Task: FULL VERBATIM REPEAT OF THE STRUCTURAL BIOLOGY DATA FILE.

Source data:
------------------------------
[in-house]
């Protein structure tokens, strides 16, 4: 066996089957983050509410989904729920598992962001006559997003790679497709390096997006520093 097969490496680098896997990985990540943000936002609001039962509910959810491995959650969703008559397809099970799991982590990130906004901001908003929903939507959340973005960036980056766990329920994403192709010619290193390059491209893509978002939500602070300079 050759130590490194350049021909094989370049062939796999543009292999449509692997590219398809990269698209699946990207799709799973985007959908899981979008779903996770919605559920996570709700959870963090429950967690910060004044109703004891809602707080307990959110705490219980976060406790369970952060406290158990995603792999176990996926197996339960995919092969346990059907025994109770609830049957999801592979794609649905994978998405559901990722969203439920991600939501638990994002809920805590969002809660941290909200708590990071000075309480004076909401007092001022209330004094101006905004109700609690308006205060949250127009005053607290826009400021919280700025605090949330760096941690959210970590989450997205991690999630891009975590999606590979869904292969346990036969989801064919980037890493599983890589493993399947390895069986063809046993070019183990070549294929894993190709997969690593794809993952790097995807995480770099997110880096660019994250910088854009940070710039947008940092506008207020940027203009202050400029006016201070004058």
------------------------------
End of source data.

[in-house]
């Protein structure tokens, strides 16, 4: 066996089957983050509410989904729920598992962001006559997003790679497709390096997006520093 097969490496680098896997990985990540943000936002609001039962509910959810491995959650969703008559397809099970799991982590990130906004901001908003929903939507959340973005960036980056766990329920994403192709010619290193390059491209893509978002939500602070300079 050759130590490194350049021909094989370049062939796999543009292999449509692997590219398809990269698209699946990207799709799973985007959908899981979008779903996770919605559920996570709700959870963090429950967690910060004044109703004891809602707080307990959110705490219980976060406790369970952060406290158990995603792999176990996926197996339960995919092969346990059907025994109770609830049957999801592979794609649905994978998405559901990722969203439920991600939501638990994002809920805590969002809660941290909200708590990071000075309480004076909401007092001022209330004094101006905004109700609690308006205060949250127009005053607290826009400021919280700025605090949330760096941690959210970590989450997205991690999630891009975590999606590979869904292969346990036969989801064919980037890493599983890589493993399947390895069986063809046993070019183990070549294929894993190709997969690593794809993952790097995807995480770099997110880096660019994250910088854009940070710039947008940092506008207020940027203009202050400029006016201070004058």